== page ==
sudo ls -lh /proc/1/ns/mnt /proc/self/ns/mnt

You should get this:

lrwxrwxrwx 1 root root 0 Feb 12 15:52 /proc/1/ns/mnt -> mnt:[4026531840]
lrwxrwxrwx 1 root root 0 Feb 12 21:27 /proc/self/ns/mnt -> mnt:[4026532014]

Notice that the numbers at the end 4026531840 and 4026532014 DONT match. If they don't match then this is likely to be your problem. If they do match then your openssh server is not running in its own namespace like mine is.


It looks like this has been fixed already in debian pacakge systemd 236-3. Unfortunately this isn't available for raspbian at time of writing. I've downloaded the dpkg libsystemd0_236-3_armhf.deb and systemd_236-3_armhf.deb from the debian repository and manually installed them with:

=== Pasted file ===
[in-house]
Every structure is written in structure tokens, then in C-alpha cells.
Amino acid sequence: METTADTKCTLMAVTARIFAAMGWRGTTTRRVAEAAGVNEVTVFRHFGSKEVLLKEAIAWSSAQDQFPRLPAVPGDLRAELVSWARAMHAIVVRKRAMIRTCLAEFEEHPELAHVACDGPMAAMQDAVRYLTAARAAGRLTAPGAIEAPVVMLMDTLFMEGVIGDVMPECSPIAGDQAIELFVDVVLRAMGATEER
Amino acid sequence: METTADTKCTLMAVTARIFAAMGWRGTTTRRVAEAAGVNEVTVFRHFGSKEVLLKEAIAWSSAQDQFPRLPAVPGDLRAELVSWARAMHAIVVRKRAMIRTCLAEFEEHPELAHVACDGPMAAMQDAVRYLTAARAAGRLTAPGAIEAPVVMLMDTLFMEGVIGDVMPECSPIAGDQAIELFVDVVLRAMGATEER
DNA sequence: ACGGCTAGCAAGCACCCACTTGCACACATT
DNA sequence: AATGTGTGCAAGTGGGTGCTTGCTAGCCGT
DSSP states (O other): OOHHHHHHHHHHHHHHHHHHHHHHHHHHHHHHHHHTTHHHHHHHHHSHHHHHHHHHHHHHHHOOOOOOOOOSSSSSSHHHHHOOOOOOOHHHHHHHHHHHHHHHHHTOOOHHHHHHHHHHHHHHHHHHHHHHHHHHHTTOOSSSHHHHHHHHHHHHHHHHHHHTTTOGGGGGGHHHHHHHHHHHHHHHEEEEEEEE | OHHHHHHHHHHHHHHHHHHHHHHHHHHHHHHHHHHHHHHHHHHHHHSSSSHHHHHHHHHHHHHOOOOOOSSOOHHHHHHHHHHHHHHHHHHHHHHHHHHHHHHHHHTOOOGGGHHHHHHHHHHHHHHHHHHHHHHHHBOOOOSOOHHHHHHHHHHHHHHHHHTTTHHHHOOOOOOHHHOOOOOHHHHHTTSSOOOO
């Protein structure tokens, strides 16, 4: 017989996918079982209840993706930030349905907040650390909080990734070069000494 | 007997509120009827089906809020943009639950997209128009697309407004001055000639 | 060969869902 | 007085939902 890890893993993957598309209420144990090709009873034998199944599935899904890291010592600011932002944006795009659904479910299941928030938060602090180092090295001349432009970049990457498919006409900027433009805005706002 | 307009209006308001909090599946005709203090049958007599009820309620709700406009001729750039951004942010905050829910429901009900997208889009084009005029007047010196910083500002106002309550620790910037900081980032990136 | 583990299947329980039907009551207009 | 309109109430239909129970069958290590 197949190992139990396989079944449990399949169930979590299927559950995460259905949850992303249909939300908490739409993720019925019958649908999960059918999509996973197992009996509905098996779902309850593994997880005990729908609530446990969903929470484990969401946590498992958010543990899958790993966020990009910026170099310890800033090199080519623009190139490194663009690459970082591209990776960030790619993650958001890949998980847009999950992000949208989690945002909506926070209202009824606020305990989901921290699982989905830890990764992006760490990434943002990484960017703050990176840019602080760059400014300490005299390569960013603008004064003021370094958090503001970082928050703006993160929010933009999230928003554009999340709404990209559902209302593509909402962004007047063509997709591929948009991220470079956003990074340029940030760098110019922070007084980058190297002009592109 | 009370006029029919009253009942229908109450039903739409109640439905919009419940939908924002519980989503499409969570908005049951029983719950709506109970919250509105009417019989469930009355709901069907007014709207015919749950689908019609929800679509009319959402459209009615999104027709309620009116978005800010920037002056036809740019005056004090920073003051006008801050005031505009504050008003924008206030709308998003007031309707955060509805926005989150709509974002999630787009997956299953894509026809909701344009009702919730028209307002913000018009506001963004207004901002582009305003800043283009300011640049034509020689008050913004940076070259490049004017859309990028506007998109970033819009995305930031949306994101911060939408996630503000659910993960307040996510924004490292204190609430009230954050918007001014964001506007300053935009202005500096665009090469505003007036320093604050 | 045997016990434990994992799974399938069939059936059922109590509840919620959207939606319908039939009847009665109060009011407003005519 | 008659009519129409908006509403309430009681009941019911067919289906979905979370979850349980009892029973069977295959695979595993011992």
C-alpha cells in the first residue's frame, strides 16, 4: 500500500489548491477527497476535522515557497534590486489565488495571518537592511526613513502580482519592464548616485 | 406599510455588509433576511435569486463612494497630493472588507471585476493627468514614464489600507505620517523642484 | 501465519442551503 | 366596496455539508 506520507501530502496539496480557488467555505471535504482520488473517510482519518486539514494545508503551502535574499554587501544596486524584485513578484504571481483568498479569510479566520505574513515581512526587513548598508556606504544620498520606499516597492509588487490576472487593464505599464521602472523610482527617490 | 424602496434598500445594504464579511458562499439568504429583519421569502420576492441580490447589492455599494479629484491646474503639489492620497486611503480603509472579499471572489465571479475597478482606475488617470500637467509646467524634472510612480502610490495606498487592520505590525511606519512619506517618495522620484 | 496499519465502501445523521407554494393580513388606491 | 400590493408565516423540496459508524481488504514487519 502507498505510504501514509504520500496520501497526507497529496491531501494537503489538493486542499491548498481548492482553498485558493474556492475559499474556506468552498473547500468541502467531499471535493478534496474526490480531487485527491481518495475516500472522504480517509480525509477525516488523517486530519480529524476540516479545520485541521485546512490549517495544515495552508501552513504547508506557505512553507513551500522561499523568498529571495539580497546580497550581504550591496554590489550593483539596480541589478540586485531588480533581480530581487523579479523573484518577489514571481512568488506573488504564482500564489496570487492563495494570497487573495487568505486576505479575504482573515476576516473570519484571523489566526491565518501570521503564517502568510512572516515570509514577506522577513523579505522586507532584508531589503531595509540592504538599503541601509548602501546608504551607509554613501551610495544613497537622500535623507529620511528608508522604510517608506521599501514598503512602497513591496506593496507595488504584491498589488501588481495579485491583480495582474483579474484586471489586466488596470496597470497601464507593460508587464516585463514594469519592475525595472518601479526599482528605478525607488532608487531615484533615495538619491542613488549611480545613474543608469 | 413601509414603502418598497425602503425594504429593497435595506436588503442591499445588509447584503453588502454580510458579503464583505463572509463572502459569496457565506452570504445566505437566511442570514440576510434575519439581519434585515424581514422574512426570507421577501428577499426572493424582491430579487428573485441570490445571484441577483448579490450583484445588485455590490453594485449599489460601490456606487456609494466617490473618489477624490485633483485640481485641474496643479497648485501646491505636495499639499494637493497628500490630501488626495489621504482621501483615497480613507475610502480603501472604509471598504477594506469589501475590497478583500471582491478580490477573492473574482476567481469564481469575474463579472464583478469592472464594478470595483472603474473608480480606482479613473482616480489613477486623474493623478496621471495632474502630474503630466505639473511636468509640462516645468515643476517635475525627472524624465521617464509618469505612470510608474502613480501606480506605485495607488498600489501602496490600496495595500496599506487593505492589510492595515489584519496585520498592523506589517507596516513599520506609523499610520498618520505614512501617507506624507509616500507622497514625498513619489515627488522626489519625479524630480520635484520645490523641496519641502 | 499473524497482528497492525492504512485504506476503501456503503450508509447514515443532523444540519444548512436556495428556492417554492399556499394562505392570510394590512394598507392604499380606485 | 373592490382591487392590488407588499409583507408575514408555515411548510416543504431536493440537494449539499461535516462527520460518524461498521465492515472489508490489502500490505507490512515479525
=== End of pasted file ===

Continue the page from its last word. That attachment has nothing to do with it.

dpkg --install  systemd_236-3_armhf.deb libsystemd0_236-3_armhf.deb 

Everything is working fine now.

If you would prefer to use only pacakges from raspbian then you will need to downgrade until the updates are available. Download whatever version is available on raspbian stretch for

  • libsystemd0
  • systemd

Then use apt-mark to hold back any updates.

sudo apt-mark hold libsystemd0 systemd

As soon as 236-3 or later becomes available then use apt-mark again to allow updates.

sudo apt-mark unhold libsystemd0 systemd
  • Ouch, good digging. As a work-around you can try to mount with MS_SHARED with mount --make-shared, but this depends on how exactly sshd namespace is set up. – crasic Feb 12 '18 at 21:29